Seventeen Targeted in Crackdown on Europe-Wide 'Jihadist Network'

Norway Jihadist Network Syria Iraq
Mullah Krekar, arrested in the counter-terror operation, sits between his lawyers Brynjar Meling (L) and Arvid Sjoedin (R) in a courtroom in Oslo February 15, 2012. Raids in Europe on Thursday disrupted an alleged plot to free Krekar. Reuters/Berit Roald/Scanpix

Police targeted 17 people suspected of involvement in a Europe-wide jihadi network on Thursday in a number of synchronised raids across the continent. The authorities said the network was suspected of plotting to free a jihadi leader from detention in Norway.

Police issued arrest warrants for 17 suspected extremists and were successful in apprehending at least 13 of them—six in Italy, four in the U.K. and three in Norway. Germany, Switzerland and Finland were also involved in the investigation, named "Operation Jwed," and carried out in association with Eurojust, the EU's agency that tackles organized crime.

Sixteen of the suspects are reported to be Kurdish or Kosovan.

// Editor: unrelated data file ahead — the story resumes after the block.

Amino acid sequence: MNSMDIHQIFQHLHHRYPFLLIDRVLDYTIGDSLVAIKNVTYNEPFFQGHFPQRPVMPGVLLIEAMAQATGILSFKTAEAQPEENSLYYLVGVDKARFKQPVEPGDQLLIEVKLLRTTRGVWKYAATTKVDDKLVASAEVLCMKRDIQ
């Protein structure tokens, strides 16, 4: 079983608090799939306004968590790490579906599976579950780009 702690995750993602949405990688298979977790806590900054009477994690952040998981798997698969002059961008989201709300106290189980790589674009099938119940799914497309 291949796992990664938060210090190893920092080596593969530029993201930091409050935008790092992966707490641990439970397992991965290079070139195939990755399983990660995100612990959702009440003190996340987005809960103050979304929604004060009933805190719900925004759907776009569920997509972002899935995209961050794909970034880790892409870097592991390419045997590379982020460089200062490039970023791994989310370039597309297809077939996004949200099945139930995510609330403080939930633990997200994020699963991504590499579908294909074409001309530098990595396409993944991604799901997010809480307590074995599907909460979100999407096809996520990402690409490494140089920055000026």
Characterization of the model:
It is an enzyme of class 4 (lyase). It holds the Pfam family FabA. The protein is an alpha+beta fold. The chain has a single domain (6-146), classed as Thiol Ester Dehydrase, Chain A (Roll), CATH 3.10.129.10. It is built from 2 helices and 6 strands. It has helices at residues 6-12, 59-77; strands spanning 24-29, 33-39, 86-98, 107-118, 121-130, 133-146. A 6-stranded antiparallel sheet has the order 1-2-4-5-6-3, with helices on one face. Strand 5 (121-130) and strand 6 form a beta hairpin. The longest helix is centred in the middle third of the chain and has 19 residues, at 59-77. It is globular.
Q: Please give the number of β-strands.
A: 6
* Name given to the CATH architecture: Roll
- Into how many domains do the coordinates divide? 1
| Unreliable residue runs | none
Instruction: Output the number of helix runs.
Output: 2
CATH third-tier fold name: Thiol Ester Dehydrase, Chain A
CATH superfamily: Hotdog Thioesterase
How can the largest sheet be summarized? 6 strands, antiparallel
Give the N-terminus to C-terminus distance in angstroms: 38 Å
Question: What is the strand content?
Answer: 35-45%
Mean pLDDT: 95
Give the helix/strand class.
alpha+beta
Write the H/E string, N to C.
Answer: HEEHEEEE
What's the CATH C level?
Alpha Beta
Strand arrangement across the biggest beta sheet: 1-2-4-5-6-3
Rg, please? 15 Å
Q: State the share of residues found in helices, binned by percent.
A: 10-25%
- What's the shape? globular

The suspects arrested include Najmaddin Faraj Ahmad, known as Mullah Krekar, an Iraqi Kurd with suspected links to Al-Qaeda and the Islamic State (ISIS) militant groups. A Norwegian court sentenced Ahmad to 18 months in prison last month for praising the deadly attacks on the Paris offices of satirical magazine Charlie Hebdo in January.

He was also jailed in 2012 for making death threats against Norwegian officials and is reported to be the founder of the militant group Ansar al-Islam.

Ahmad and two other unnamed suspects arrested in Norway face extradition to Italy. Italian police said that the group was plotting attacks in Norway and elsewhere in Europe, the BBC reported.

Giovanni Governale, spokesman for the Italian police's Special Operations Group, told AFP news agency that the sophisticated operation "dismantled an integrated cell" and had prevented "a process of recruitment, of sending [fighters] into combat abroad."

Governale said that police had tracked the suspects on the Internet and had learned about imminent intended actions. According to Governale, the group was close to "sending many other jihadists abroad; it was about to carry out attacks, including suicide bombings, to try to free their chief, Mullah Krekar."